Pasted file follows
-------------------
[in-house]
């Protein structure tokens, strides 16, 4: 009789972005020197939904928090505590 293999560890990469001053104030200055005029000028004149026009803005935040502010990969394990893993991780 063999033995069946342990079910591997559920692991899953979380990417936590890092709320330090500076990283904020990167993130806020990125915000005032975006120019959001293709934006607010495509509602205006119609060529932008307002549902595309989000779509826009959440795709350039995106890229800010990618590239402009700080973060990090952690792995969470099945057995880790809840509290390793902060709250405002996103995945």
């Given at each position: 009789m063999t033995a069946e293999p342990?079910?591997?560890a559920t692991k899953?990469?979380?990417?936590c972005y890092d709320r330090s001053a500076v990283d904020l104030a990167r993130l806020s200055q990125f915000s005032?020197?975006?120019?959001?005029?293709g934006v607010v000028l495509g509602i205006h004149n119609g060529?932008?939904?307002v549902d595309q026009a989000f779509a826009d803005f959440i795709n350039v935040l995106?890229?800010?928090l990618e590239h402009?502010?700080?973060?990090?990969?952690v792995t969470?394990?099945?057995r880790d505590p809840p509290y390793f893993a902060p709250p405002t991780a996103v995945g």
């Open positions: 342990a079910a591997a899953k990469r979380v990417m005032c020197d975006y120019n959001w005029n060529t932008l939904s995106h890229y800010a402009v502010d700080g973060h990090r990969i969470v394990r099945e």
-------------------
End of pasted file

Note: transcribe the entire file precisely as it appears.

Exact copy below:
[in-house]
């Protein structure tokens, strides 16, 4: 009789972005020197939904928090505590 293999560890990469001053104030200055005029000028004149026009803005935040502010990969394990893993991780 063999033995069946342990079910591997559920692991899953979380990417936590890092709320330090500076990283904020990167993130806020990125915000005032975006120019959001293709934006607010495509509602205006119609060529932008307002549902595309989000779509826009959440795709350039995106890229800010990618590239402009700080973060990090952690792995969470099945057995880790809840509290390793902060709250405002996103995945």
């Given at each position: 009789m063999t033995a069946e293999p342990?079910?591997?560890a559920t692991k899953?990469?979380?990417?936590c972005y890092d709320r330090s001053a500076v990283d904020l104030a990167r993130l806020s200055q990125f915000s005032?020197?975006?120019?959001?005029?293709g934006v607010v000028l495509g509602i205006h004149n119609g060529?932008?939904?307002v549902d595309q026009a989000f779509a826009d803005f959440i795709n350039v935040l995106?890229?800010?928090l990618e590239h402009?502010?700080?973060?990090?990969?952690v792995t969470?394990?099945?057995r880790d505590p809840p509290y390793f893993a902060p709250p405002t991780a996103v995945g």
């Open positions: 342990a079910a591997a899953k990469r979380v990417m005032c020197d975006y120019n959001w005029n060529t932008l939904s995106h890229y800010a402009v502010d700080g973060h990090r990969i969470v394990r099945e």